A Day at the Random Races

In completing this project you will gain experience with the following Java features:
MVC architecture
building GUI with various components
listeners, event driven GUI elements
delay loops
Problem Statement
For this project we are going to simulate a horse race. Our horses, or perhaps their jockeys, are
a bit peculiar. When racing, each horse moves either one unit forward or one unit backwards
with each stride. The probability of the forward stride (‘fitness’) is the same for all horses. In
order to avoid an inordinate long race the probability shall be chosen by you between 0.55 and
0.6. A more sophisticated program may allow individual fitness selections for the horses. If we
set the fitness to 0.5 it would follow that if a horse is, say 20 units down the track, about half the
time it ends up 19 units, and about half the time 21 units down the track. If the fitness is greater
than 0.5, then the horse makes forward strides more likely than backwards, a good chance that
all horses finish the race within a reasonable short time. The setup sure makes for an
interesting, and sometimes still very long, race.
The user is allowed to configure the race track by specifying the number of tracks (1-12) which
is also the number of horses running in the given race. The length of the track is a preselected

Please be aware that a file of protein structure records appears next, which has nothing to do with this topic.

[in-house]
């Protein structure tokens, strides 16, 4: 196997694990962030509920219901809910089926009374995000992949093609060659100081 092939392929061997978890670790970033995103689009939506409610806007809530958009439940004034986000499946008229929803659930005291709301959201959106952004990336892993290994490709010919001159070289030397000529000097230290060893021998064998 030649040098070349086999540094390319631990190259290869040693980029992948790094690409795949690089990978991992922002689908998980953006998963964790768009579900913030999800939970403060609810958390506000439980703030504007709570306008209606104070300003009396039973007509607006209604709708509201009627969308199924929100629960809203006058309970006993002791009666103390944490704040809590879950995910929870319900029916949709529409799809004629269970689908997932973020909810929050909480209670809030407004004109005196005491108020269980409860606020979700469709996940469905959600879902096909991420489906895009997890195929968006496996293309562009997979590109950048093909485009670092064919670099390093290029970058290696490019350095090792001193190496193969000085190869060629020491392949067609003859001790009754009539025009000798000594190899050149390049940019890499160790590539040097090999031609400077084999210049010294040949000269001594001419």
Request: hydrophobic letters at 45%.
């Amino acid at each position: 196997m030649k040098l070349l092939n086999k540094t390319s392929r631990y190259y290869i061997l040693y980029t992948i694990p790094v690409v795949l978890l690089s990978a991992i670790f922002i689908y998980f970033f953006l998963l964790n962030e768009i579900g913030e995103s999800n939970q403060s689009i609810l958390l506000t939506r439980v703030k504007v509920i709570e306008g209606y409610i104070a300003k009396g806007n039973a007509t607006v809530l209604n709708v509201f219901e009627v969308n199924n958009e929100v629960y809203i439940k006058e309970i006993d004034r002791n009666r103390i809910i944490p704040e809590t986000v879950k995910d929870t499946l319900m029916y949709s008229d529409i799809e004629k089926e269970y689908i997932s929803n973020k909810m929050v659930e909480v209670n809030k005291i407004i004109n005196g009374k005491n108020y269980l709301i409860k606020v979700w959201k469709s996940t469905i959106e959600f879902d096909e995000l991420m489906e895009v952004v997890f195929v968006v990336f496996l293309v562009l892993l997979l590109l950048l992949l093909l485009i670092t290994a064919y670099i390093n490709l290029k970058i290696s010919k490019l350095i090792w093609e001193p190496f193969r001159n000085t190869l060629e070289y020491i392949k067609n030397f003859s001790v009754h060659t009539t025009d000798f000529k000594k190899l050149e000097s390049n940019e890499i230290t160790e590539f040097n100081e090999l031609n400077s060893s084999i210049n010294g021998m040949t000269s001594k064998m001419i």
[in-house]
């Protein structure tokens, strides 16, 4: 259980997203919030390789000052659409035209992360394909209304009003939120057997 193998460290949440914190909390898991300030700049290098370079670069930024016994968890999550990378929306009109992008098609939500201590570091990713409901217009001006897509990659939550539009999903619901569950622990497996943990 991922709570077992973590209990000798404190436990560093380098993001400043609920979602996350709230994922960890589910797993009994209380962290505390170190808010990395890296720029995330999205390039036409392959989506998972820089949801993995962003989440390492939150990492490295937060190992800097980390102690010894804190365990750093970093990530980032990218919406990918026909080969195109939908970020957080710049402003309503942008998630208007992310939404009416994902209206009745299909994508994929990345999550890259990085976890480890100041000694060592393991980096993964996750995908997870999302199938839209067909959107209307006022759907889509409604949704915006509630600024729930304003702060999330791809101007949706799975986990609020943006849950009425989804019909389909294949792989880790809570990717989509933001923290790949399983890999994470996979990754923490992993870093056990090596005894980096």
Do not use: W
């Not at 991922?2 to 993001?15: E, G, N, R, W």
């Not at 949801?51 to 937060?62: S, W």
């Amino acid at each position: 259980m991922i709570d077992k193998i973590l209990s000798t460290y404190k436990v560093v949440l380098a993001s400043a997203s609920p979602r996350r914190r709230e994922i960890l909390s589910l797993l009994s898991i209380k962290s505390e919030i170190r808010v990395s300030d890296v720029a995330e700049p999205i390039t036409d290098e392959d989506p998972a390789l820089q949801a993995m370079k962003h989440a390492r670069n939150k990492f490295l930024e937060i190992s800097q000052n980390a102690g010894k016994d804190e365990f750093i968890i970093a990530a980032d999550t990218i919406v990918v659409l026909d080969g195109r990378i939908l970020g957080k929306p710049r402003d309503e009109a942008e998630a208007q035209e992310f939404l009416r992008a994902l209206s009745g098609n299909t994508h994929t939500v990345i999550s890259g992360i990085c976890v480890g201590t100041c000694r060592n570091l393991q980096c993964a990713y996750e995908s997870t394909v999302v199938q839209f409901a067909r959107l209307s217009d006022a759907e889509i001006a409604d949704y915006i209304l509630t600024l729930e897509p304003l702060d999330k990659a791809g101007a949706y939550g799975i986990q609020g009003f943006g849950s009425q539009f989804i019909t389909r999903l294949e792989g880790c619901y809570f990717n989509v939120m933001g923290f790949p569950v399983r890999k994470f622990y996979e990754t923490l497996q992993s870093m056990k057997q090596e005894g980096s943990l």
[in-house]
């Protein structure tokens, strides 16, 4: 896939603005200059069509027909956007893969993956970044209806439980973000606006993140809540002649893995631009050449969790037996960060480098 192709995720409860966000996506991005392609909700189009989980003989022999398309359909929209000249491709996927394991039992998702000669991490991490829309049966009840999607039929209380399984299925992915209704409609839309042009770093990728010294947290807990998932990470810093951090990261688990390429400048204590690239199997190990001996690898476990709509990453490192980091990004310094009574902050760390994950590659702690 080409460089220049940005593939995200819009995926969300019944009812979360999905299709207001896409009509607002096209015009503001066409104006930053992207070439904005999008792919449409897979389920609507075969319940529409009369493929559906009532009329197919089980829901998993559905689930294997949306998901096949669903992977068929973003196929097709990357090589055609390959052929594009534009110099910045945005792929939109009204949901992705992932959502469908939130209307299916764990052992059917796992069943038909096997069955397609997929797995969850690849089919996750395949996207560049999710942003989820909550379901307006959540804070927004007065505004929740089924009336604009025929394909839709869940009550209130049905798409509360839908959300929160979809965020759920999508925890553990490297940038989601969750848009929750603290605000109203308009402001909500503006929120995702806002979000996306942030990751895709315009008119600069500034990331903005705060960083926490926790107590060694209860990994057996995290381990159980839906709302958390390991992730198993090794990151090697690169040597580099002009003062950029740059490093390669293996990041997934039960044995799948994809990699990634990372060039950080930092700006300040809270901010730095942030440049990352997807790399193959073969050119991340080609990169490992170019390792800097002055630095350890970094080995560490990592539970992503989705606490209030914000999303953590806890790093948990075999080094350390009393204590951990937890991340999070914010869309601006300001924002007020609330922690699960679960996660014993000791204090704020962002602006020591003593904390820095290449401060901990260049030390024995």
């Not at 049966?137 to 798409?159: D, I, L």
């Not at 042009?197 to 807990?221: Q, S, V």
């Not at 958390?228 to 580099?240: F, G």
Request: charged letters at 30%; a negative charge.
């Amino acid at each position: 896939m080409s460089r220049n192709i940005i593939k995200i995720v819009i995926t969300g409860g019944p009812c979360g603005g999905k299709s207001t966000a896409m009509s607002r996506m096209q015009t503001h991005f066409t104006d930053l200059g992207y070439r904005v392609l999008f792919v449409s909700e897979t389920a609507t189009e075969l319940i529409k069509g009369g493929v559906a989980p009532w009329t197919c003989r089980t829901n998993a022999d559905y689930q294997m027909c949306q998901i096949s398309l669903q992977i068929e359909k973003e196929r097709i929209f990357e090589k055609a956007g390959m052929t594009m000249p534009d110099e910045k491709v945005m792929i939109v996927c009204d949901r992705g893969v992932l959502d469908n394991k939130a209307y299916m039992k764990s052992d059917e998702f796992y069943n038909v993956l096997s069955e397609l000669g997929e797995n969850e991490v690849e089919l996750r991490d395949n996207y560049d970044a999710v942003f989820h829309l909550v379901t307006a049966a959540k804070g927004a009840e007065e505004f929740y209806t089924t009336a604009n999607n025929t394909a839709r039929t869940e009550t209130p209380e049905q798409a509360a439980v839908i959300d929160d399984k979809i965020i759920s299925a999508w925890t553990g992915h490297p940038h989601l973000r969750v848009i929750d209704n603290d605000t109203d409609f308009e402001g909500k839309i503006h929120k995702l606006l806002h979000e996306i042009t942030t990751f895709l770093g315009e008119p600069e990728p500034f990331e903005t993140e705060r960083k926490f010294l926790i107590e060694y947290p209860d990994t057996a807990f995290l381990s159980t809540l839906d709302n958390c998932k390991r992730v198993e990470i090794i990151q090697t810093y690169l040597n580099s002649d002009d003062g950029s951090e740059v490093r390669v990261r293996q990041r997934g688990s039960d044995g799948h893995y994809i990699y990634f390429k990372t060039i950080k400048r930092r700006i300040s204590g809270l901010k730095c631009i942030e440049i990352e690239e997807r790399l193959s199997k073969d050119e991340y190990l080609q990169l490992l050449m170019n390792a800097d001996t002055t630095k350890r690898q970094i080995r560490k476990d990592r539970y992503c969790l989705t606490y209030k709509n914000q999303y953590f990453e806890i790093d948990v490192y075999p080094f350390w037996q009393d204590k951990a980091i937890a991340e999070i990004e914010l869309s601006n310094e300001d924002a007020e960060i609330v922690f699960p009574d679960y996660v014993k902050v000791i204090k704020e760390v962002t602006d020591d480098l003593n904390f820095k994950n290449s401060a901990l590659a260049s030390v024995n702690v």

value, recommended choice is 25.

We will simulate the race by keeping track of how far each horse has galloped down the track.
The program provides a graphical display of the race, horse positions are continually updated
and displayed on the race GUI. At the start of the race each horse is at the starting gate (a
distance of 0). During each step we will simulate each horse making one random stride and we
update its distance. We will not allow any horse to stride backwards from the starting gate.
Whenever a horse finishes the race, meaning that the distance down the track is equal to the
pre-set track length, we will no longer generate a random stride for that horse neither shall we
update its distance. In addition to keeping track of where each horse is on the track, we will also
maintain the number of strides taken and the placement in order of finish.
When all horses have crossed the finish line the race ends, and the final results, the finishing
placement and the number of strides can be read on the race GUI. An independent score board
showing the same outcomes is optional.
The required visual representations of the race at developing phases are shown on Figures 1

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